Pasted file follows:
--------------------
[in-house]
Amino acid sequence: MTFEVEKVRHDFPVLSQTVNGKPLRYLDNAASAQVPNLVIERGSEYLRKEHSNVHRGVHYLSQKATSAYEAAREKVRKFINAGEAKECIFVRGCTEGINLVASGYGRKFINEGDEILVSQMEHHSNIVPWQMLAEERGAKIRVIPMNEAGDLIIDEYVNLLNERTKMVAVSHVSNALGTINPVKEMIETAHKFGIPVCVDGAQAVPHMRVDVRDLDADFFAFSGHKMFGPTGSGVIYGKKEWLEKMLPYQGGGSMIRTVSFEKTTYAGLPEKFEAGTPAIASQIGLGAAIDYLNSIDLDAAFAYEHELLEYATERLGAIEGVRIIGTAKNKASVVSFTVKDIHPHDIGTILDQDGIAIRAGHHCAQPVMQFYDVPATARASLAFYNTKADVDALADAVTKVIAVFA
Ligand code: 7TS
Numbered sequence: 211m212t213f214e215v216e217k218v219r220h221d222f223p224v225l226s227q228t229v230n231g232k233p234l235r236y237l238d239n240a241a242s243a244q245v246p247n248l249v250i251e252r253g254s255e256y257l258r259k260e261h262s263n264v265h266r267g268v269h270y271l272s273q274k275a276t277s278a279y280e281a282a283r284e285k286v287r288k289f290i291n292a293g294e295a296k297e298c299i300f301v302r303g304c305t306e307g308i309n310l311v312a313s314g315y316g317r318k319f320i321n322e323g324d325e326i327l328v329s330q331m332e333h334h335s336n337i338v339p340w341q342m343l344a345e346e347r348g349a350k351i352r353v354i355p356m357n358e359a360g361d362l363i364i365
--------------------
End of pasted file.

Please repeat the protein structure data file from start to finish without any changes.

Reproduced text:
[in-house]
Amino acid sequence: MTFEVEKVRHDFPVLSQTVNGKPLRYLDNAASAQVPNLVIERGSEYLRKEHSNVHRGVHYLSQKATSAYEAAREKVRKFINAGEAKECIFVRGCTEGINLVASGYGRKFINEGDEILVSQMEHHSNIVPWQMLAEERGAKIRVIPMNEAGDLIIDEYVNLLNERTKMVAVSHVSNALGTINPVKEMIETAHKFGIPVCVDGAQAVPHMRVDVRDLDADFFAFSGHKMFGPTGSGVIYGKKEWLEKMLPYQGGGSMIRTVSFEKTTYAGLPEKFEAGTPAIASQIGLGAAIDYLNSIDLDAAFAYEHELLEYATERLGAIEGVRIIGTAKNKASVVSFTVKDIHPHDIGTILDQDGIAIRAGHHCAQPVMQFYDVPATARASLAFYNTKADVDALADAVTKVIAVFA
Ligand code: 7TS
Numbered sequence: 211m212t213f214e215v216e217k218v219r220h221d222f223p224v225l226s227q228t229v230n231g232k233p234l235r236y237l238d239n240a241a242s243a244q245v246p247n248l249v250i251e252r253g254s255e256y257l258r259k260e261h262s263n264v265h266r267g268v269h270y271l272s273q274k275a276t277s278a279y280e281a282a283r284e285k286v287r288k289f290i291n292a293g294e295a296k297e298c299i300f301v302r303g304c305t306e307g308i309n310l311v312a313s314g315y316g317r318k319f320i321n322e323g324d325e326i327l328v329s330q331m332e333h334h335s336n337i338v339p340w341q342m343l344a345e346e347r348g349a350k351i352r353v354i355p356m357n358e359a360g361d362l363i364i365